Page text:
All of which brings me to “Lords of Salem.” I come to bury “Lords of Salem,” not to praise it.

Let’s begin at the beginning, shall we? Take a look at the first trailer for this movie (SPOILER: it’s fucking gorgeous):

Now let’s spend a moment with the second trailer for “Lords of Salem:”

What’s the main difference between trailer one and trailer two?  Trailer two features characters talking. And what do we notice about that dialogue? It’s entirely unconvincing and stale, and this is the dialogue that’s been selected to be featured in a two-minute trailer.

Lords of Salem
Did I mention there are “Morning Zoo Radio” scenes? Because: Ugh.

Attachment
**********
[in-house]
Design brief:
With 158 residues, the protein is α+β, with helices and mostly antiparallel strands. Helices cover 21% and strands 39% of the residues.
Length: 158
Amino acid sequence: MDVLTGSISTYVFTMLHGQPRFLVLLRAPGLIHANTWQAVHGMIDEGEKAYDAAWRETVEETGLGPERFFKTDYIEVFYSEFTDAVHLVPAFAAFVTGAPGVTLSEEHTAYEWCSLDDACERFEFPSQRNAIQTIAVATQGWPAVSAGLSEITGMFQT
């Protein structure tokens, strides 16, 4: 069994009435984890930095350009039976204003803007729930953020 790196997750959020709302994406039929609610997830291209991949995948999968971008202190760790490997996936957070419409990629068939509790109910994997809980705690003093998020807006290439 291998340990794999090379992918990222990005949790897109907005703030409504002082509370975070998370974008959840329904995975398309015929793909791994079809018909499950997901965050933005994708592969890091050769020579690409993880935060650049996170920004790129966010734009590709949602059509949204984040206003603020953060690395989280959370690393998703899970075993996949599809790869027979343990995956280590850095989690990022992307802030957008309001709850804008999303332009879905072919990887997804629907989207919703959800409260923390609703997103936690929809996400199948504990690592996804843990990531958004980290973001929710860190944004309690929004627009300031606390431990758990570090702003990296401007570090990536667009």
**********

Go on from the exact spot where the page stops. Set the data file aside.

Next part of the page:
So here we arrive at Problem The First with “Lords of Salem:” A Woefully First-draft Script. Several of you reading this have probably tried your hand at writing fiction, and a few of you may even have muscled through and produced a completed work. Along the way there were probably scenes where you jotted down something like “and now the characters talk about the new tenant in the building,” with every intention of coming back to that exchange and adding nuance and style. Imagine that you never bothered doing that, and the characters just say stuff to each other: he is her love interest because dialogue says so, she is a recovering addict because the plot requires it, he is Ken Foree and we’re not really sure why he’s here (OK not so much that last one, but it’s still a valid point). It’s not worth getting overly critical of the performances here (although it would be justified) because the cast just didn’t have a lot to work with. Keep in mind that this Rob Zombie also wrote and directed “The Devil’s Rejects,” and there’s not a single moment in “Lords” that even approaches stuff like the Groucho vs. Elvis exchange from “Rejects.”